Part Nine: The Collectors
It was an article of faith among Euro-Canadians in the nineteenth and early twentieth centuries, in British Columbia no less than the rest of the country, that Aboriginal people belonged to a doomed race. The “Vanishing Indian” was a stereotype of public discourse. Not only were they ravaged by disease, Indians, it was believed, were completely unsuited to “modern” civilization and were doomed to be supplanted by the newcomers.
Statistics appeared to support such a pessimistic view. The population of Aboriginal people in British Columbia plummeted in the post-Confederation period, from 25,661 in the 1881 census to a low of 20,174 in 1911, a decline of more than 20 percent. At the same time, the non-Aboriginal population boomed. (In 1881, Aboriginals accounted for 52 percent of the provincial population; by 1911 that number had declined to just over five percent.) The influenza epidemic that followed World War One alone claimed 1,150 aboriginal lives in British Columbia, a much higher death rate than in the non-Aboriginal population.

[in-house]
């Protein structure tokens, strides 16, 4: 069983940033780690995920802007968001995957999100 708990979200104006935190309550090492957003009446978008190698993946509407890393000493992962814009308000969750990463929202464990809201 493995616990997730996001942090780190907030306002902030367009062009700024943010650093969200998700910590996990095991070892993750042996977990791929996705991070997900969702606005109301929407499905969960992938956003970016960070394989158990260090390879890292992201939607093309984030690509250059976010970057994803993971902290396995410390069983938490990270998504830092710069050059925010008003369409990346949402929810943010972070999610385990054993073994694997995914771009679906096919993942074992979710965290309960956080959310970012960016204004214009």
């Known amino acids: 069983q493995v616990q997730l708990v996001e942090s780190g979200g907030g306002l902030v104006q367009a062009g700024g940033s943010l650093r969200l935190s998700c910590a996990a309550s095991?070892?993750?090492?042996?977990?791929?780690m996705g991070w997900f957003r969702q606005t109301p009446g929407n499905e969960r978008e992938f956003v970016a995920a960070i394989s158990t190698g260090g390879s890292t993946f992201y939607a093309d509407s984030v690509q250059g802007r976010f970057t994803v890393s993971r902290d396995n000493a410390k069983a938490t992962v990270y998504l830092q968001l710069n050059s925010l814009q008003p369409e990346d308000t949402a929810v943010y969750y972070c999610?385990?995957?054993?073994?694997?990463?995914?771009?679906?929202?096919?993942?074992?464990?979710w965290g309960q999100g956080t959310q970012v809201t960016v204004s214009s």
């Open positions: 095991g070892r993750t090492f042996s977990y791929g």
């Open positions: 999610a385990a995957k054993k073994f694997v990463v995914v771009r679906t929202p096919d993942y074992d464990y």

This downward trend actually halted during the 1920s when for a variety of reasons, chiefly improved health care, the Aboriginal population began to increase again, a trend that has continued to the present. But it takes time for conventional wisdom to respond to events. As late as 1931, Marius Barbeau, an ethnologist with the Museum of Man in Ottawa and one of the most knowledgeable students of Northwest Coast Aboriginal culture, declared that “at present, the indications point convincingly to the extinction of the race.” Barbeau’s colleague at the museum, Diamond Jenness, in his popular 1932 survey, The Indians of Canada, concluded: “Doubtless all the tribes will disappear.” The image of the Vanishing Indian was firmly entrenched in the world view of Euro-Canadians.